Lexicon Lessons – How Many Meanings Does Wonga Actually Have?

In the UK, the word Wonga is a well-known slang term for money, as in “if you want to earn a lot of Wonga, I’ve got just the job for you”. But as well as being the sort of term you’re likely to hear in a pub in the East End of London, Wonga also has some other intriguing uses around the world. Here’s our quick guide to the Wonga lexicon.

A slang term for money

So, how did the origins of the term actually come about? Well, the term is believed to have derived from the Romany word ‘wangar’, which means ‘coal’ – you know, the black stuff we shouldn’t burn anymore. In English, coal was used as slang for money, so as an alternative word for coal, wonga also became an informal term for money. And, in the 17th and 18th centuries, if you had a lot of coal you really were loaded.

A short-term lender

Wonga is the name of a short-term cash lender that once operated globally across the UK, Canada and Europe. The credit provider is still going strong in South Africa where it is still well known for not only simplifying the process of applying for a quick loan but also making access to short term credit much safer for the average citizen as there are more than forty thousand mashonisas (South African word for loan shark) operating across the country.

Hi, the name’s Wonga

One of the lesser known uses of the word is as a name. In South Africa, Wonga is a name that most people will be familiar with. Its meanings include ‘wealth’ and ‘honorable one’, with Wonga Mesatywa, Nissan South Africa’s corporate affairs director, the most well-known example we could find.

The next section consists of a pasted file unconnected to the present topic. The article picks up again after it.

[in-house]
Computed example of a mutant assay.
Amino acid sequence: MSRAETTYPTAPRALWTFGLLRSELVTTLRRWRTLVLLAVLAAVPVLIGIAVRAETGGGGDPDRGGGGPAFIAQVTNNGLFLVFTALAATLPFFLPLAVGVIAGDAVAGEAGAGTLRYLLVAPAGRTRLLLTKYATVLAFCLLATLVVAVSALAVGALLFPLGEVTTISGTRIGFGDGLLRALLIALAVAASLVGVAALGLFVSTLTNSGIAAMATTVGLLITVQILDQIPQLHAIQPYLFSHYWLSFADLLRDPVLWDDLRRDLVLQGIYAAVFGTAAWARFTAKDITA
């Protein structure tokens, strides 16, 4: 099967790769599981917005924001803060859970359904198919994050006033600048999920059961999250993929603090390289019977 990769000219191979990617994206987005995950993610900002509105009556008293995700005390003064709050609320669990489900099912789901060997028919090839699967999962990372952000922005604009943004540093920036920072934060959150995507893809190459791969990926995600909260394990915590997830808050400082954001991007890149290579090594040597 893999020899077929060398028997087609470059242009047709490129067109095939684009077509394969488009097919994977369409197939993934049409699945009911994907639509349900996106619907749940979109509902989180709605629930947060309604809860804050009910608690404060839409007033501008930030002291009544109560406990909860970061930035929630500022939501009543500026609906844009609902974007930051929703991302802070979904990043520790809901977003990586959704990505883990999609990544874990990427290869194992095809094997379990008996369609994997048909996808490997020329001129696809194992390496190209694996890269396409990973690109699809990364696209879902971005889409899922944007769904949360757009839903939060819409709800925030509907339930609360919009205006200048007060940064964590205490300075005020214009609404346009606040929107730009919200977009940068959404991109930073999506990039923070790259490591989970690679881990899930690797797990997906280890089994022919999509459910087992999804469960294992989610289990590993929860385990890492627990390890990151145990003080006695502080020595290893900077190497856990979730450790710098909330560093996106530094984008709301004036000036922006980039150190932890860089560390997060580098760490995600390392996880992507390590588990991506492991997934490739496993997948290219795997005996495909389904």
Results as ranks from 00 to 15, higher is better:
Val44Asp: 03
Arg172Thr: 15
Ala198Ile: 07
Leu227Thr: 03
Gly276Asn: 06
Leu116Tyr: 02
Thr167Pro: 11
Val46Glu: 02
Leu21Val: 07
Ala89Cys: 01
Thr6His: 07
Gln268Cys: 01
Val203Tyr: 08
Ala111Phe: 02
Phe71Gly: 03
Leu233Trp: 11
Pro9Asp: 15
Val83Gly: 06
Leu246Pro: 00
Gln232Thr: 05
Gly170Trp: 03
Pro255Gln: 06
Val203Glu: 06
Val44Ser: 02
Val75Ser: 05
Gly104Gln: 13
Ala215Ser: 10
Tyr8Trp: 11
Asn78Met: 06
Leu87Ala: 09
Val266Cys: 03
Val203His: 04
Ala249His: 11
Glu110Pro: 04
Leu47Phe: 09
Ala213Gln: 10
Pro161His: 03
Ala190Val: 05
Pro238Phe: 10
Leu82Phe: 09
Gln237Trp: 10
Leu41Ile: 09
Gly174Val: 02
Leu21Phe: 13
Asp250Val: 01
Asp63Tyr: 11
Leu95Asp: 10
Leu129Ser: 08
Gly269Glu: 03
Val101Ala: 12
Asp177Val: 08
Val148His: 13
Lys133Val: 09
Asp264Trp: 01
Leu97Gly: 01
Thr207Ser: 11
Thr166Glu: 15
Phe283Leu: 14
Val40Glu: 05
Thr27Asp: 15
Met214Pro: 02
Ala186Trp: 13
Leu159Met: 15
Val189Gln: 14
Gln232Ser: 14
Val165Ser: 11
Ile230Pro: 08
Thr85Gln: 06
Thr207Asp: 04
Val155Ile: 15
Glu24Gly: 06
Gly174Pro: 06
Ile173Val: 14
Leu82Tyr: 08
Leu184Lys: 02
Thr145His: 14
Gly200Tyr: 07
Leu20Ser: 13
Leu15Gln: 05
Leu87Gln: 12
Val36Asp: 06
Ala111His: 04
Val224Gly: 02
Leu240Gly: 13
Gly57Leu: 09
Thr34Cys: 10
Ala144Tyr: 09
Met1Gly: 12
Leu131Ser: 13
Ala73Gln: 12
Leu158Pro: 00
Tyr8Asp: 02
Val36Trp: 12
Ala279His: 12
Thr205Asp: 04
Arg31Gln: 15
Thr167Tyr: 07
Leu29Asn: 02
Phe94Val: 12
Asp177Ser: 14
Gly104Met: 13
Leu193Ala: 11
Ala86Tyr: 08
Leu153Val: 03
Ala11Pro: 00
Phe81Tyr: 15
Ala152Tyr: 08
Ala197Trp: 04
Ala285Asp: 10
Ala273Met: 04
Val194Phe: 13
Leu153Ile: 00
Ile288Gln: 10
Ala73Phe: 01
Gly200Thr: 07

A dangerous drug

It’s to South Africa we travel once again to find our next example of ‘wonga’ in practice. This time, things take a darker turn, with wonga being used as a slang term for the street drug nyaope. Nyaope is notorious in South African cities and is usually composed of substances such as cheap heroin, bicarbonate of soda, milk powder, rat poison and asbestos. Needless to say, it’s incredibly destructive and has become part of South African urban mythology.

A plump pigeon

What do you call a large, ground-dwelling pigeon with a small head and a long tail? In Australia, you call it the Wonga Pigeon, or even better, the Wonga Wonga. This impossibly Australian-sounding bird lives along the east coast and, dare we say, looks a little underwhelming. Still, with a name like that, it doesn’t really matter.

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